SHORTZ: (Laughter) Thank you - Kate Letswin (ph).
FAYNE: A favorite of mine - Kate Winslet.
SHORTZ: That's it - "The Reader," 2008. Holly Theurn - that's T-H-E-U-R-N.
SHORTZ: The urn - U-R-N.
FAYNE: Oh, Hepburn.
SHORTZ: Oh, no, no. Let me say the letters again. Holly, and then T as in Thomas - Theurn.
FAYNE: Oh, Hunter - Holly Hunter.
SHORTZ: Holly Hunter is right. She won for "The Piano" - Jodie Forest (ph).
FAYNE: Jodie Foster.
SHORTZ: That's it. She won two times - "Silence Of The Lambs" (ph) and "The Accused." Sally Fidel (ph).
FAYNE: Sally Field.
SHORTZ: That's it. She won twice also for "Places In The Heart" and "Norma Rae" - Diane Atoken (ph).
FAYNE: Diane Keaton.
SHORTZ: Barbra Tardiness (ph).
FAYNE: Must be Barbra Streisand.
SHORTZ: That's it - "Funny Girl," 1968. Julie Wanders - W-A-N-D-E-R-S.
FAYNE: Julie Andrews.
SHORTZ: Here's a tough one for some people, maybe. Simone Toerings - T-O-E-R-I-N-G-S.
FAYNE: I believe that's Simone Signoret.
SHORTZ: Nice job - "Room At The Top," 1959. And your last one is Helen Ahyes - A-H-Y-E-S.
FAYNE: Helen Hayes.
SHORTZ: That's it - 1931, '32.
GARCIA-NAVARRO: You really are a fan of the movies. Good job.
GARCIA-NAVARRO: You did so well.
FAYNE: This really was in my wheelhouse.
GARCIA-NAVARRO: It really was in your wheelhouse. I got to say I would've done great, too. I love this.
GARCIA-NAVARRO: I'm a huge movie fan. And I loved this puzzle. But you did so well. How do you feel?
FAYNE: I feel great. This is such an honor being able to take part in a show I enjoy so much.
GARCIA-NAVARRO: Aww. Well, we're so happy to have you. And for playing our puzzle today, you'll get a WEEKEND EDITION lapel pin, as well as puzzle books and games - no tickets to the Oscars. You can read all about it at npr.org/puzzle. And what member station do you listen to?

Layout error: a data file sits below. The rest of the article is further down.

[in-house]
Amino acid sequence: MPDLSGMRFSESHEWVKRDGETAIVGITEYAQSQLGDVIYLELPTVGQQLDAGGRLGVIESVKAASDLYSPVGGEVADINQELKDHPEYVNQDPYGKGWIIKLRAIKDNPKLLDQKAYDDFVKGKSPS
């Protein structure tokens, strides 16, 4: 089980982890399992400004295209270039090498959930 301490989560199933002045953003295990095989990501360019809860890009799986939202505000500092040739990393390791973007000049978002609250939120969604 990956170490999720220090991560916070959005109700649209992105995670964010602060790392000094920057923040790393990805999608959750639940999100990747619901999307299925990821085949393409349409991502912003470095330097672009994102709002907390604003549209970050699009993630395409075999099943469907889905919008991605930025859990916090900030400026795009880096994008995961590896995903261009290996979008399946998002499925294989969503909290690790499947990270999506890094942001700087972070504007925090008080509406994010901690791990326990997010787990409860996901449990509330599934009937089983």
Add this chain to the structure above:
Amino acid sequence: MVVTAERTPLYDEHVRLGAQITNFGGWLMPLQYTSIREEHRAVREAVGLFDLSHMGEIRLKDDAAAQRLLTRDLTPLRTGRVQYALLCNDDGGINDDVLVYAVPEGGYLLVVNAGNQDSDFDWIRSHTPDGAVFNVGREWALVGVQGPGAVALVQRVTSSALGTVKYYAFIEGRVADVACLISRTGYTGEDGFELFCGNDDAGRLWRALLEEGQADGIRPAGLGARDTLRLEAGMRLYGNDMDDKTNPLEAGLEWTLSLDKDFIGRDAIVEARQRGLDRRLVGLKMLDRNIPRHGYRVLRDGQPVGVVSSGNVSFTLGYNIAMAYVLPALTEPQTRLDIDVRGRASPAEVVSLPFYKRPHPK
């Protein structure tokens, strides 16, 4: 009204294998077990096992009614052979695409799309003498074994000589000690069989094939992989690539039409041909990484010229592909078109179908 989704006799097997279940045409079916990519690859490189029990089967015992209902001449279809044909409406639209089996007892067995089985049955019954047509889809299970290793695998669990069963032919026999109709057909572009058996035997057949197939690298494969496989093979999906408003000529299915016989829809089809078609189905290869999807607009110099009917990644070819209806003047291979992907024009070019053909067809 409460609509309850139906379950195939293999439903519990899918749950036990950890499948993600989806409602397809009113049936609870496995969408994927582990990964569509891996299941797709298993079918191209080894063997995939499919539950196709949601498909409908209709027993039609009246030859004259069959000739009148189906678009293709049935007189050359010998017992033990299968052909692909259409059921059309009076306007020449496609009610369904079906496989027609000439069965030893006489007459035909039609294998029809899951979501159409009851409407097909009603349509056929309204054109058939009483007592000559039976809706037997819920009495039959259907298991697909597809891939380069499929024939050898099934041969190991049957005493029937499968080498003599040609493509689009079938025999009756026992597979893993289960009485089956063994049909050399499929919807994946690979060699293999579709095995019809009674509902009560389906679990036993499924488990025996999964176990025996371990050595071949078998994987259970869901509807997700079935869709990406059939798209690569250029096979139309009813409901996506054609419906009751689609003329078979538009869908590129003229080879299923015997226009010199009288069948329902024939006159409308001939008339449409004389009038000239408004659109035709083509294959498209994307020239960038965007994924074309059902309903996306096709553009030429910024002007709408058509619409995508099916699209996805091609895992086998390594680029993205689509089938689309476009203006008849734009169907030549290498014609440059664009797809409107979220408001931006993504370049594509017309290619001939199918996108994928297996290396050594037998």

FAYNE: WHYY in Philadelphia, where I'm a member.
GARCIA-NAVARRO: Steve Fayne of Egg Harbor Township, N.J., thank you for playing The Puzzle.
FAYNE: Thank you, Lulu. And thank you, Will.
GARCIA-NAVARRO: All right, Will. What's next week's challenge?
SHORTZ: Yes. It comes from listener Roger Barkan of Savage, Md. I'm thinking of a well-known U.S. natural landmark. Take the two-word name of its location. Then change the first letter of the second word to the immediately previous letter of the alphabet. And you'll get another description of the landmark's location. What's the landmark? And what are the two descriptions of its location? So again, well-known U.S. natural landmark, two-word name of its location. Change the first letter of the second word to the immediately previous letter of the alphabet. And you'll get another description of the landmark's location. What's the landmark? And what are those two descriptions of its location?
GARCIA-NAVARRO: When you have the answer, go to our website npr.org/puzzle and click on the Submit Your Answer link. Remember, just one entry per person, please. Our deadline for entries is Thursday, February 28 at 3 p.m. Eastern. Include a phone number where we can reach you at about that time. And if you're the winner, we'll give you a call. And you'll get to play on the air with the puzzle editor of The New York Times and WEEKEND EDITION's puzzlemaster, Will Shortz. Thanks so much, Will.
SHORTZ: Thank you, Lulu.